Then in 2002, Otterburn Hall went up for sale for £1.4m and was purchased by the Angel Group. The Angel Group was established in 1999 by Julia Davey, a multi-millionaire who was 17th on the list of Britain’s top 50 businesswoman and the 15th richest in property.
Before being sold, The Lazarus Foundation prepared a business plan to convert Otterburn Hall into a holding centre for asylum seekers. Much of the community branded the plan “absolutely ludicrous” and ultimately it would be denied by the council.
The Angel Group continued to run Otterburn Hall as a hotel and it became a popular wedding venue, and was accredited as a four-star AA hotel and an AA Rosette restaurant. Rooms ranged from £130 per night to £400 per night and Otterburn Hall truly transformed into one of the most opulent venues in the North East of England.
Otterburn Hall drew much criticism from the locals when they requested to erect a marquee in the grounds for music and dancing. The village community kept a seven-month “noise diary” in which they wrote of alleged disturbances at the hotel which they then presented to a licensing hearing. One woman who lived at Otterburn Cottage nearby complained: “We’ve had guests from the hotel drunk, also sleeping on the lawn in front of our house, during the day.”
The owners at Otterburn Hall would ultimately get permission to hold marquee music events, but they were under strict conditions. Just two years later, however, in 2012, the hotel was suddenly closed. There was no warning to staff, leaving 30 people unemployed, and a couple without a wedding venue for the weekend.
Three years after its closure, Otterburn Hall went to auction. A former wing and annex of the hotel were offered separately as well as a number of lodges on the estate. Otterburn Hall sold for £300,000, while the annex sold for £145,000 and the 18-bedroom Coach House for £100,000. Some of the lodges were sold as well.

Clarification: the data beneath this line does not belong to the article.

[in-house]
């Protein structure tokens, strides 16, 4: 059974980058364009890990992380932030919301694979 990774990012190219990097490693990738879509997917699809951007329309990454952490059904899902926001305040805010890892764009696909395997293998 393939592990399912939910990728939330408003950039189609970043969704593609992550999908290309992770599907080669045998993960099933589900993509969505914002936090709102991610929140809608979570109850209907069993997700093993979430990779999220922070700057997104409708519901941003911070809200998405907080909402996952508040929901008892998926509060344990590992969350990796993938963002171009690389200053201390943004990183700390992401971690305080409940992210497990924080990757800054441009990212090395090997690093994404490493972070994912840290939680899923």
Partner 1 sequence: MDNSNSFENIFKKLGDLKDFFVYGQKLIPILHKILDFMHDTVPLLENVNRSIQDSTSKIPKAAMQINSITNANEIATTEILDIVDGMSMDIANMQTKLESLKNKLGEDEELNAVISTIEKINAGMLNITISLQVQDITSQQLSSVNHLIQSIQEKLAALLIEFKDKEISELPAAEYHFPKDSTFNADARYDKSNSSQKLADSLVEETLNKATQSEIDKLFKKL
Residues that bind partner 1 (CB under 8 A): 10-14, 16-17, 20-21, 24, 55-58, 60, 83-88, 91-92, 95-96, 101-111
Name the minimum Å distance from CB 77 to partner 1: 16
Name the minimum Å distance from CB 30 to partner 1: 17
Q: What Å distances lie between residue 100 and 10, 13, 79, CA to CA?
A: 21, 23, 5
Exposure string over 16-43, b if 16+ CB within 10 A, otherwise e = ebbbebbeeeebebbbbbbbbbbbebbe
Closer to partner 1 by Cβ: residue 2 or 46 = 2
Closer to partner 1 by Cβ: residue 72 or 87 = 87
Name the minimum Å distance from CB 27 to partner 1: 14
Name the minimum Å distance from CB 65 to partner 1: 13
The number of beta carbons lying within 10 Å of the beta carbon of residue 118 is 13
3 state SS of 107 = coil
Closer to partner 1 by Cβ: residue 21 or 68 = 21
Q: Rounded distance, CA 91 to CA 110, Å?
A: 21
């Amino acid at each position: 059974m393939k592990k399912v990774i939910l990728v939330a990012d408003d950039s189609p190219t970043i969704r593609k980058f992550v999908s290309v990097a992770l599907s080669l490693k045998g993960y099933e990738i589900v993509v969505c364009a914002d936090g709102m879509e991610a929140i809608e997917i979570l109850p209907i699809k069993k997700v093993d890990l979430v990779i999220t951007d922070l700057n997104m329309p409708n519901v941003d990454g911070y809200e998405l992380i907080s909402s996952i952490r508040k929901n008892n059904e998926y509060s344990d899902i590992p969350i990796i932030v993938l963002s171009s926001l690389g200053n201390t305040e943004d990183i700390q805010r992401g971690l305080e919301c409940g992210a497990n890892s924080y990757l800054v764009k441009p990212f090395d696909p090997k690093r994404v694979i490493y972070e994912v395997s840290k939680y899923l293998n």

Shortly thereafter, Pay U Today Ltd submitted a bid to erect lodges in the Otterburn Hall Estate. Their bid read in part: “Otterburn Hall is a rare example of a contained classic country house estate, with a unifying design across it.” Meanwhile, the Coach House would reopen as the Otterburn Coach House Hotel but would then be put up for sale once more in 2017.
While Otterburn Hall was sold in 2015, it never re-opened. In 2019, it once again went under auction with a guide price of £550,000. This included planning consent for a 26 bed hotel, wedding venue, restaurant, bar and spa. Before the auction was held, however, it was withdrawn. Otterburn Hall went to auction again the following year, with a guide price of £235,000. It received no bids.
In 2021, Otterburn was finally sold. Only the main building was purchased, not the annex or conservatory. It was announced that there were plans to transform it once more into a hotel. At the time of writing, work at Otterburn Hall had not begun.
Today, the lodges on the grounds can be rented out. Their website boasts of “a destination where you can escape the every day. A unique natural retreat with thirty-seven self-catering luxury lodges in Northumberland.”